Reasons for coding – a response

My comments and response to this post from Jim Cash:   Scratch vs. Swift Playgrounds

In particular, this list:


Why do you want kids to learn to code?‘ by @cashjim on “Scratch vs. Swift Playgrounds

I’m right with you on Scratch as a great place to start with programming for children. I work with slightly older students and have been using p5.js (Processing) as an intro to typed coding languages. I find it works well because syntax is straightforward, it is essentially Javascript using Processing elements and it can be run in a browser with students quickly able to see the results of their code. Much like in Scratch, Logo and some other learning languages, the connection between the concrete representation and the ability to see the change immediately make the language less abstract.

In terms of the list of right/wrong answers, I think some adjustment in phrasing might be helpful. First, the items on the left are specific knowledge that students will need to learn in order to do the items listed on the right. So, they might not be the best motivating factors for learning to code, but they aren’t “wrong” learning goals for coding.

To further support that, if we frame the items on the left in-terms of larger concepts they sound a lot better as reasons for coding. For instance, ‘learning hexadecimal codes’ or ‘learning binary’ (not in your list) could be phrased as “Learning that numbers can be represented in many ways using different bases that have advantages in a variety of contexts.” As a math teacher that is a really good reason to use coding because it provides a way for students to use different number bases in a context where those bases have meaning. We might also combine ‘Use if then statements’ and ‘learn boolean logic’ under “Learn that many problems requiring conditional thinking about the factors involved and possible outcomes.” I would see this as a mental model that is transferable beyond coding and again a great reason for learning through coding. I could go on with the examples. My point being, I think it is important to be careful about trying to separate off the ‘technical’ skills of coding from the broader goals of coding because they are interdependent.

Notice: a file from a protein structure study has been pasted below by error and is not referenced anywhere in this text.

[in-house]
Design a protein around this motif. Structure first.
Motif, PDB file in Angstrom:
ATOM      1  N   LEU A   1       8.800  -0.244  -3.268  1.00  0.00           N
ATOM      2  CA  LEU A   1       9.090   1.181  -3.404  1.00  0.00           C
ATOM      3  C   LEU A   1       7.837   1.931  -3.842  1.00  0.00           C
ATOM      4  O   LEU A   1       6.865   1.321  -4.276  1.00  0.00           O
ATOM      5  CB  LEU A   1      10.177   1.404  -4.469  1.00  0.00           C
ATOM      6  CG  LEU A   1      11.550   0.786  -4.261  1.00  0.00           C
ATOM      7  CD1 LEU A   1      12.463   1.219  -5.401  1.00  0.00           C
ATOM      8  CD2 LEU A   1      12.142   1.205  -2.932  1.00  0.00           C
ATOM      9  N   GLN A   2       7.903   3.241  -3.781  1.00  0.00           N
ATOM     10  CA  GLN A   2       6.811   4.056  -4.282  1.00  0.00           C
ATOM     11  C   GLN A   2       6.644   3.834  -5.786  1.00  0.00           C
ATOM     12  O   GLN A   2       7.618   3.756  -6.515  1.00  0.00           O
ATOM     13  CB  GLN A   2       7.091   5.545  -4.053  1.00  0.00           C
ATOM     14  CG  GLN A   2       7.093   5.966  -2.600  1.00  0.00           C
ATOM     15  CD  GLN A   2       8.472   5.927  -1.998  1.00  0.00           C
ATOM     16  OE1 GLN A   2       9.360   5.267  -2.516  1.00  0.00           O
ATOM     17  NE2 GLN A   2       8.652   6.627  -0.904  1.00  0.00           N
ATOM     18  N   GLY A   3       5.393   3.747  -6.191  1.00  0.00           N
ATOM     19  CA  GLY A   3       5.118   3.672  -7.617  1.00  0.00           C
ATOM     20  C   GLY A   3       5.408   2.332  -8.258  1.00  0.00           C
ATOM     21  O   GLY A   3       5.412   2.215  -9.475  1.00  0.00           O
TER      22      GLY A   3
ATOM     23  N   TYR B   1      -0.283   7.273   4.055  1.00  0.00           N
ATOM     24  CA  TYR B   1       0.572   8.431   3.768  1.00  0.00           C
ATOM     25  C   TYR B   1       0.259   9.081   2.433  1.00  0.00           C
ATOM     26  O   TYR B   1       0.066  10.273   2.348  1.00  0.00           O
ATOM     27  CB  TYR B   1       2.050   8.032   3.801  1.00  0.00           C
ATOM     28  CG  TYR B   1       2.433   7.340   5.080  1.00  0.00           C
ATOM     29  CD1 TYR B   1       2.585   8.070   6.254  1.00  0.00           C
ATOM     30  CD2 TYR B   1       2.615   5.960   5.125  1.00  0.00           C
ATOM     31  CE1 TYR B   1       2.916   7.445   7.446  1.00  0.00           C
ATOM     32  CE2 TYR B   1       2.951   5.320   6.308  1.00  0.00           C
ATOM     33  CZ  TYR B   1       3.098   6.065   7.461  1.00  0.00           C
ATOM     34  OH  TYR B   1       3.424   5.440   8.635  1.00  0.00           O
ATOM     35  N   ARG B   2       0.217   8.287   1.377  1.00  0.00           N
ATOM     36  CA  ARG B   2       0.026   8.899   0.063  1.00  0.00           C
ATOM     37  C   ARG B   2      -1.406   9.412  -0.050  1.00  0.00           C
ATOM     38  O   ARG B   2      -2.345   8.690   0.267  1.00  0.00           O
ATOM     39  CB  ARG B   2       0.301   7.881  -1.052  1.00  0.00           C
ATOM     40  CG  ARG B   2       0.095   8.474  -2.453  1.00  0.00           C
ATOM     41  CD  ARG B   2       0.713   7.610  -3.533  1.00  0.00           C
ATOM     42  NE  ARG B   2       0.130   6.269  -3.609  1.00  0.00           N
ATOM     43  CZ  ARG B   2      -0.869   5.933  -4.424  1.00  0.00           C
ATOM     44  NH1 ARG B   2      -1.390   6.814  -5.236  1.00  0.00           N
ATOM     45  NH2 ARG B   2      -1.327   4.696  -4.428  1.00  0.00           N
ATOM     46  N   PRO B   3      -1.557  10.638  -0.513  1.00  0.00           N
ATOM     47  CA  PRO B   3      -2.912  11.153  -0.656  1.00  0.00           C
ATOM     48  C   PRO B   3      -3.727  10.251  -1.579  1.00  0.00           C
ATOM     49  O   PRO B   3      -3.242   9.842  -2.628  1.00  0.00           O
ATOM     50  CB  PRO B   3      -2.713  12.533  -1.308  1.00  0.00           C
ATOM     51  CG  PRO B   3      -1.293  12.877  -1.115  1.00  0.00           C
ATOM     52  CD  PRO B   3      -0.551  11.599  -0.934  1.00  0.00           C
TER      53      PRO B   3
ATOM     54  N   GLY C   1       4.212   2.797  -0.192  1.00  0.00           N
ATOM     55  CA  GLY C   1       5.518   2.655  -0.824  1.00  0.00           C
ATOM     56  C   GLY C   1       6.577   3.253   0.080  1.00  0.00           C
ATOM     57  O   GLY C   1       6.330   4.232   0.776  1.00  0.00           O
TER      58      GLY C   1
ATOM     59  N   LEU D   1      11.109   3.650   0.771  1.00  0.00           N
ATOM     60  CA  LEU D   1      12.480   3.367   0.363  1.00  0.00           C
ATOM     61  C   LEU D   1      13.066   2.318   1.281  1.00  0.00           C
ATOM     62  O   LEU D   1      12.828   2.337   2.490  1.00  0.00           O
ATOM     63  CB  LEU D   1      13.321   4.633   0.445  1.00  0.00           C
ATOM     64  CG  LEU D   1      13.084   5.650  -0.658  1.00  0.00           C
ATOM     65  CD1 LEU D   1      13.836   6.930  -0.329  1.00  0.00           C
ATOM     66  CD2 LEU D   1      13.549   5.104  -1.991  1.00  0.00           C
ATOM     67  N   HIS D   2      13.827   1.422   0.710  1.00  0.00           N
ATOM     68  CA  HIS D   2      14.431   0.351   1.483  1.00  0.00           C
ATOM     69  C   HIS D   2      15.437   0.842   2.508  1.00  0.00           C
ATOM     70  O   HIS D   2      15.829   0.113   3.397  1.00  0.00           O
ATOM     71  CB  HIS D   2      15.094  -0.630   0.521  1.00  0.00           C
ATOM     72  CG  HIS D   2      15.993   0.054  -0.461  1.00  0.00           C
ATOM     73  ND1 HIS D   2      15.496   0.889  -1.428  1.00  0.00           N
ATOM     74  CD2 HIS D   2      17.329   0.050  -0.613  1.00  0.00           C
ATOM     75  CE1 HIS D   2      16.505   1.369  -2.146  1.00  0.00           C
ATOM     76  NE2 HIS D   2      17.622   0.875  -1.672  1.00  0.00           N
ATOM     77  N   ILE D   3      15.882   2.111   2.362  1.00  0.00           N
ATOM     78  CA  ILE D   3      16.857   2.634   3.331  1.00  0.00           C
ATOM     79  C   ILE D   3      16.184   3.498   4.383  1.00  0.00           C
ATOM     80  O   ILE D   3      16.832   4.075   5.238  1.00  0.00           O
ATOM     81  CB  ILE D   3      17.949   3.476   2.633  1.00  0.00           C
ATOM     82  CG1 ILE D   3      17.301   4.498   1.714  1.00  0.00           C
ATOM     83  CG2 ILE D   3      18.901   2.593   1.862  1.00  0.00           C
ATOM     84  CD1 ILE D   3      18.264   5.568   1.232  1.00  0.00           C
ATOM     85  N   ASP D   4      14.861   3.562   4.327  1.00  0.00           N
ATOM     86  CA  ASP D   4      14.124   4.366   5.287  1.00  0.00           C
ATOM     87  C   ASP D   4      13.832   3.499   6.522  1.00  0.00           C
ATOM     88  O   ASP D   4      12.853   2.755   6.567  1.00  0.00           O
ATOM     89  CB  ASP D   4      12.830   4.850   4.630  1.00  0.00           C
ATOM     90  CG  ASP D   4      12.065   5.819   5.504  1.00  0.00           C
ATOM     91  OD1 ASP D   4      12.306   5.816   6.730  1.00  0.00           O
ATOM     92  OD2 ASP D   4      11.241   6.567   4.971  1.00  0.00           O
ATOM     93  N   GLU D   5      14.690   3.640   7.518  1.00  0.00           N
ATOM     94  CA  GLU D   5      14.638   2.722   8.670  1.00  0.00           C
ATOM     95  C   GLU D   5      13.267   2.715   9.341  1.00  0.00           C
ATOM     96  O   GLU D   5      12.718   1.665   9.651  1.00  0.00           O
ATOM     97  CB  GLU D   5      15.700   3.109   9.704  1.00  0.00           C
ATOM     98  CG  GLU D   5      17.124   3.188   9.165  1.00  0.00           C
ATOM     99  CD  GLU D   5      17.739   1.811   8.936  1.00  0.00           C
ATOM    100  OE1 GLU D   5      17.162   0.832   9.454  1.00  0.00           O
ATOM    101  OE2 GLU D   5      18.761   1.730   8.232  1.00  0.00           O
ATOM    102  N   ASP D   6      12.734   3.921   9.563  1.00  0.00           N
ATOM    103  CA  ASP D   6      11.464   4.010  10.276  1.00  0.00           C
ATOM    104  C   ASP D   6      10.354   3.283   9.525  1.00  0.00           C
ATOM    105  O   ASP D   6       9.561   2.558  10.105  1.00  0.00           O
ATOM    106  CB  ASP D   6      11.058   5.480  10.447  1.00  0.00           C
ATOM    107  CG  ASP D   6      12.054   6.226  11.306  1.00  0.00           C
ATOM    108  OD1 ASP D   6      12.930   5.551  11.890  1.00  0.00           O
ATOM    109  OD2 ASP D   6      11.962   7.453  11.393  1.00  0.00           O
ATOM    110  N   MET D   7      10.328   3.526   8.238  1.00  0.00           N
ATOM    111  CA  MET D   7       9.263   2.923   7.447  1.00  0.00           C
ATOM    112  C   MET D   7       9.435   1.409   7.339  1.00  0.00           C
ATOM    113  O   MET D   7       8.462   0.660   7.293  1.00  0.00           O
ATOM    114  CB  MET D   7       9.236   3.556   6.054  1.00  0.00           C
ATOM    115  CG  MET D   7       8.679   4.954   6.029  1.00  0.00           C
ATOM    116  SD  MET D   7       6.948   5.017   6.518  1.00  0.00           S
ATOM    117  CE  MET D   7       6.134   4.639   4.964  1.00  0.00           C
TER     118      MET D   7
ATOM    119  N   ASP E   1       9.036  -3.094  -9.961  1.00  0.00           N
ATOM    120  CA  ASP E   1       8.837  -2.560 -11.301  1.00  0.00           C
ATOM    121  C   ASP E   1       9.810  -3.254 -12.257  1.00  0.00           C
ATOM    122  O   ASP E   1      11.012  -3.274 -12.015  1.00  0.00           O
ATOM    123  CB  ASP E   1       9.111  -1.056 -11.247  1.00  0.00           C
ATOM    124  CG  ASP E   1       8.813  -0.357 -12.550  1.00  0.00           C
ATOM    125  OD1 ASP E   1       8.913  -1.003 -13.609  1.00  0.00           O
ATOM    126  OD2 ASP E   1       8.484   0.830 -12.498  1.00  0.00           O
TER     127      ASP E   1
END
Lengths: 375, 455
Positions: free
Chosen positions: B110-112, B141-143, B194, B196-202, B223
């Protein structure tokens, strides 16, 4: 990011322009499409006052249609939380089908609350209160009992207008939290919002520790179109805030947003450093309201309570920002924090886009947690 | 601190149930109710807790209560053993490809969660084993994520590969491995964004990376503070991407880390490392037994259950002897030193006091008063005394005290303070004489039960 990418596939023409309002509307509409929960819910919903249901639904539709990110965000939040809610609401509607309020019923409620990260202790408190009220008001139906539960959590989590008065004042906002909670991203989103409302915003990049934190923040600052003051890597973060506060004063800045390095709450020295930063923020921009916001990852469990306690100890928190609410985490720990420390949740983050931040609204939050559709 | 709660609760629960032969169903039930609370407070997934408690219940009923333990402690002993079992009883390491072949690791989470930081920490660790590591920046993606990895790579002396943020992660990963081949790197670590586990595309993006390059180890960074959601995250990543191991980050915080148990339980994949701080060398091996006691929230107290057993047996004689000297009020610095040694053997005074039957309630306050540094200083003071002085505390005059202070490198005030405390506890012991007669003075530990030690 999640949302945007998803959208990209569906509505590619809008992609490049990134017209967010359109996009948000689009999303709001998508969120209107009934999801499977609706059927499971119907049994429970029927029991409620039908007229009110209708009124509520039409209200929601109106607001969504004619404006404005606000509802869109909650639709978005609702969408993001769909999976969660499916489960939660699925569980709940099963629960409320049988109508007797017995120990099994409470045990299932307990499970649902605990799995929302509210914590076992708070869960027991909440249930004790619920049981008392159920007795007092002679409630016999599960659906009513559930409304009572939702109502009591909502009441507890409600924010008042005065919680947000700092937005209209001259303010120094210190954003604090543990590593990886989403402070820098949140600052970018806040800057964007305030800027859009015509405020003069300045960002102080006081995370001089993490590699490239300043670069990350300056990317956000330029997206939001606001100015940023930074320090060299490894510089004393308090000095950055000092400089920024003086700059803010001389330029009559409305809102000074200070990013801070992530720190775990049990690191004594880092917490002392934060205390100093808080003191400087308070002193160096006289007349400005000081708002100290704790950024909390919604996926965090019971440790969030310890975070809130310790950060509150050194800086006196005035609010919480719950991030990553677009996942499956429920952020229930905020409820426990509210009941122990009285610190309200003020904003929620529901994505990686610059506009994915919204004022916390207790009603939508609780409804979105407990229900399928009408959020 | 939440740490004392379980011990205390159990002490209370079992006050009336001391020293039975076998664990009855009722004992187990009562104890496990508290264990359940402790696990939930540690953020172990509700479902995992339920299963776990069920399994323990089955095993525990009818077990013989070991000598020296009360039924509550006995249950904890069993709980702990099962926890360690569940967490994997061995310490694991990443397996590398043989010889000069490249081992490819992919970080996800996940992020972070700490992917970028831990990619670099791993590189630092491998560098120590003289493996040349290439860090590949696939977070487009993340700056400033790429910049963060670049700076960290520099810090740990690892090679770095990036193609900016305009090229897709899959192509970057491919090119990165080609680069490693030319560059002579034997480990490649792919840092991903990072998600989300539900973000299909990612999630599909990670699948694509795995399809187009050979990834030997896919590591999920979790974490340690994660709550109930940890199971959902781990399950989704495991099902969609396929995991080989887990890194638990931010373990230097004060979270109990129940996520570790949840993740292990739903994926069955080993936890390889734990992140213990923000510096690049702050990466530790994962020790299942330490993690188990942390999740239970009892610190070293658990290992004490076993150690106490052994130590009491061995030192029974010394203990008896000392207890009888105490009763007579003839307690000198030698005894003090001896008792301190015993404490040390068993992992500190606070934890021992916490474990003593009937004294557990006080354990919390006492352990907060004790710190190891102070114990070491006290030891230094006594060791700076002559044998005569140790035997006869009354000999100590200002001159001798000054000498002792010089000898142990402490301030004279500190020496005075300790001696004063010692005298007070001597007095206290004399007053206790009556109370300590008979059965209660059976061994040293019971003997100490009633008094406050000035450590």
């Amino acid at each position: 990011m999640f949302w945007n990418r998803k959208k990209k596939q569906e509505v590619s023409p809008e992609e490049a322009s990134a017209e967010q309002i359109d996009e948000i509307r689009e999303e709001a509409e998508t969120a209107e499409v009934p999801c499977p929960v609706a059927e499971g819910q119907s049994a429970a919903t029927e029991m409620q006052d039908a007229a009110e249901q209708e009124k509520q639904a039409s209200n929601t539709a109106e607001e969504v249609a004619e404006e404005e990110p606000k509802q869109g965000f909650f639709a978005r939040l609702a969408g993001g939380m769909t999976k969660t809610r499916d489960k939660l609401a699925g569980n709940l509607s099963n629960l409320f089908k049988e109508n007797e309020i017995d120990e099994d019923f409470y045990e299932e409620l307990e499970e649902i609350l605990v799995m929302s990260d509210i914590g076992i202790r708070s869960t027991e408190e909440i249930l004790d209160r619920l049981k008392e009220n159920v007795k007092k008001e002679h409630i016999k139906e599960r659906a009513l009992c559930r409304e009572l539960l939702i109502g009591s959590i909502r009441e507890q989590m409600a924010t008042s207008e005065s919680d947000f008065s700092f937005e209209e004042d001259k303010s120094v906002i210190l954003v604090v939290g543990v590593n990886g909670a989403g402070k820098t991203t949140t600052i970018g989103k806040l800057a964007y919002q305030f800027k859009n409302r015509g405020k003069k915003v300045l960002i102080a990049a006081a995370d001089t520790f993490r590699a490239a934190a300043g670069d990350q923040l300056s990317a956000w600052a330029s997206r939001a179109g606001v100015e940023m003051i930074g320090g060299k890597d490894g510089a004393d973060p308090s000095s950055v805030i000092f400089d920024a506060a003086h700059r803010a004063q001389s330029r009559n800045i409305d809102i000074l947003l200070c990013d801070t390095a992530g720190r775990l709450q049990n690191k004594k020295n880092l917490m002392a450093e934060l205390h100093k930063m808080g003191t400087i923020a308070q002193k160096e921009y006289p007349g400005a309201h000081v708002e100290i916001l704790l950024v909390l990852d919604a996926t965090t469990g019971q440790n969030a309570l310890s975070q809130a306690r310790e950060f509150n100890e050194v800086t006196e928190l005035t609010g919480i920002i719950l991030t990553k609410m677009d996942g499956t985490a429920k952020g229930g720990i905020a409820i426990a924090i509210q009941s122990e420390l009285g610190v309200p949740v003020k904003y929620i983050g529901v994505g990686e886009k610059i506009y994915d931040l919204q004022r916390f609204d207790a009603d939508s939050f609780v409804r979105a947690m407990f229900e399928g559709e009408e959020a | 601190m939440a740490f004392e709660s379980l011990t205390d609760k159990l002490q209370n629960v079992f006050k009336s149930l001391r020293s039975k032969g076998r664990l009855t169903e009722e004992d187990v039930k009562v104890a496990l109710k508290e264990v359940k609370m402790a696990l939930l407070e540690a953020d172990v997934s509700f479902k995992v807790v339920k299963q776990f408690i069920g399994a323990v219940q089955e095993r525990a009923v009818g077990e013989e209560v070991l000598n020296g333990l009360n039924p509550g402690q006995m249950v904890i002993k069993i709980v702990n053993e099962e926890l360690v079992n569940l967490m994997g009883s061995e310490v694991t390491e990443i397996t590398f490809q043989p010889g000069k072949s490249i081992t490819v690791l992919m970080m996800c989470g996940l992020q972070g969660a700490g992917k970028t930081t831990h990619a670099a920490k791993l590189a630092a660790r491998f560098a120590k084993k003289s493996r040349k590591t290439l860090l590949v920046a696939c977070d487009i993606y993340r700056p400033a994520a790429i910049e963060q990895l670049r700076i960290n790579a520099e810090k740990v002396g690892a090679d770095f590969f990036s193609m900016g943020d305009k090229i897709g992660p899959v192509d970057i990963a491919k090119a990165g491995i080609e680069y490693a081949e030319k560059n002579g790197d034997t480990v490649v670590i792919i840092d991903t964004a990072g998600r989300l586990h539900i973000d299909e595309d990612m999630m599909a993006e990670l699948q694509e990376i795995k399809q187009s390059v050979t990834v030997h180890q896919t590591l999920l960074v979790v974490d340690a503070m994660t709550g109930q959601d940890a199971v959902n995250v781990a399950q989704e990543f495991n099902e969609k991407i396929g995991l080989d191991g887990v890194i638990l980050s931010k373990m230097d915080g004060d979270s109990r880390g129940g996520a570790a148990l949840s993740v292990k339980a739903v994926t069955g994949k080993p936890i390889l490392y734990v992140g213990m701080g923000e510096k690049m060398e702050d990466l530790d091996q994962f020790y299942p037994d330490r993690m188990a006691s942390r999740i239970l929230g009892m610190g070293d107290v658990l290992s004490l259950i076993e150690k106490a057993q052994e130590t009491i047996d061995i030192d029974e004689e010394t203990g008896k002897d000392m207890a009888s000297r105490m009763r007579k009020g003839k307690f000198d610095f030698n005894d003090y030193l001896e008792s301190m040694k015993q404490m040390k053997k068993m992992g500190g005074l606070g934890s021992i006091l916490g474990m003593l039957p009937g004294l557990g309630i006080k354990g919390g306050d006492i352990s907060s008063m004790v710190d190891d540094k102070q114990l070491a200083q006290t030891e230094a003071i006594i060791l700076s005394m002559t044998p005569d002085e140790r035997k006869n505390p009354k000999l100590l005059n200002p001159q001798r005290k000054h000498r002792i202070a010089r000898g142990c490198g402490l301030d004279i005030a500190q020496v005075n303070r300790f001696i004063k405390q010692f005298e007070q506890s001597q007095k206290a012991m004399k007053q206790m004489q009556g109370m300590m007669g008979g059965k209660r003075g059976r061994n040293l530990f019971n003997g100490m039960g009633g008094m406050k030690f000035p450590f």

One response to “Reasons for coding – a response

  1. Thank you for writing this post and jumping into the right vs. wrong issue. I admit I was being deliberately provocative but still sincere, nevertheless. My point really is all about focus. I know very well that coding skills will be learned (from the left list) when involved in meaningful endeavours (on the right list)… To me, it is a matter of focus and philosophy when working with students. My focus is ensuring the context is the right side stuff… the left side stuff is important, too, and is learned and developed over time using structures and a learning climate that make that work.

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